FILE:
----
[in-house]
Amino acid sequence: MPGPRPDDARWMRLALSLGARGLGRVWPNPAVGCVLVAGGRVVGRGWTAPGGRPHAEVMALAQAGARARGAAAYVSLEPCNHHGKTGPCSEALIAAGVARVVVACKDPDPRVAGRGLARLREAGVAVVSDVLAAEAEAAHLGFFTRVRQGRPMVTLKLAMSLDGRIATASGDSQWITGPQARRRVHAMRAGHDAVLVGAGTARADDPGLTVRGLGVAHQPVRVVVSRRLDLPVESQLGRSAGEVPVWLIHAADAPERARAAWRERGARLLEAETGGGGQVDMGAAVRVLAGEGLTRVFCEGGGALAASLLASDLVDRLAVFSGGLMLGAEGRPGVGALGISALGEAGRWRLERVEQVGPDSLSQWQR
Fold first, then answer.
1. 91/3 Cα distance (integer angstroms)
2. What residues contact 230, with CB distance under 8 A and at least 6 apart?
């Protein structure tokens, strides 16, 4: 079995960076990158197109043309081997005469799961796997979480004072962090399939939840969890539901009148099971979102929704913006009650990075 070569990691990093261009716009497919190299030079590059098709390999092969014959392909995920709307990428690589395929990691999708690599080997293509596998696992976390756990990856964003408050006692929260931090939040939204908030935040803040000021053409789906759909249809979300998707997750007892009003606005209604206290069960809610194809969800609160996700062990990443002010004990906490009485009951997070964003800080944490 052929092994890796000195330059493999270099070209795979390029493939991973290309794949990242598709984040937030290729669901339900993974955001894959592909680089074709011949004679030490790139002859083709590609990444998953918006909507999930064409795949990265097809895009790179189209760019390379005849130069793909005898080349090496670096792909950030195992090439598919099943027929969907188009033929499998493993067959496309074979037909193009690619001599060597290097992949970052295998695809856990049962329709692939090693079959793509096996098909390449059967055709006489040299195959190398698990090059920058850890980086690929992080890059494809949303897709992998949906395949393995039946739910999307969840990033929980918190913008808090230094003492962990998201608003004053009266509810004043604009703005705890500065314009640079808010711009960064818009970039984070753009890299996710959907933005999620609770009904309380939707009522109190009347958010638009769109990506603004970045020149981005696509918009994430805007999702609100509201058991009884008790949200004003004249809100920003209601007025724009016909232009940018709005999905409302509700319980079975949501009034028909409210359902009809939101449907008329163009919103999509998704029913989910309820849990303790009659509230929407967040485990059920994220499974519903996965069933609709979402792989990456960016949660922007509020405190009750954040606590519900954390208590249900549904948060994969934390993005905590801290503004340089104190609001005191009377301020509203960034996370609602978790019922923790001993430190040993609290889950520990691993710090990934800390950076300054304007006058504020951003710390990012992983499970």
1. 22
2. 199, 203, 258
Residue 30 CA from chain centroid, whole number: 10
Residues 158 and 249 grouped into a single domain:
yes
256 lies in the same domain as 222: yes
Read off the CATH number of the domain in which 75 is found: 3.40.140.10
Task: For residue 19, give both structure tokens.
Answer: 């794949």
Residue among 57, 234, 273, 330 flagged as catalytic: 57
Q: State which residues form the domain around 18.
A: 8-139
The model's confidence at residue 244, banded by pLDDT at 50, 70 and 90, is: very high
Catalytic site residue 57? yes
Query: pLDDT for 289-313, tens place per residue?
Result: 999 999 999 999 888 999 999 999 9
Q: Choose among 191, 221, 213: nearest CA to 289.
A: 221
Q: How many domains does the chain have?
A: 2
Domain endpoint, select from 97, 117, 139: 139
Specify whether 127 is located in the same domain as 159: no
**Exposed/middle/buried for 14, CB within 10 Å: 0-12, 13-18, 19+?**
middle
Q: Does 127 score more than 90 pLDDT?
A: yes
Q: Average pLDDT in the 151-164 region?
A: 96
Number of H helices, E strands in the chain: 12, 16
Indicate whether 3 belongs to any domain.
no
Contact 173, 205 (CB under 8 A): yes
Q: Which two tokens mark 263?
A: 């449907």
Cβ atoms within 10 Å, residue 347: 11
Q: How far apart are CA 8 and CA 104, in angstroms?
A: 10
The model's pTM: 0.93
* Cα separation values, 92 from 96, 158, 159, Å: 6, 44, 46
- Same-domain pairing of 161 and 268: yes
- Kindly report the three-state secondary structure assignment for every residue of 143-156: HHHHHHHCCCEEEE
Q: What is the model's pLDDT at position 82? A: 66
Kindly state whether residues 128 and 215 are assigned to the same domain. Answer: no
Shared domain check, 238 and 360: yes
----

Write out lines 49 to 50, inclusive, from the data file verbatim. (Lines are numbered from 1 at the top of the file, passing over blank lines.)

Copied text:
Kindly state whether residues 128 and 215 are assigned to the same domain. Answer: no
Shared domain check, 238 and 360: yes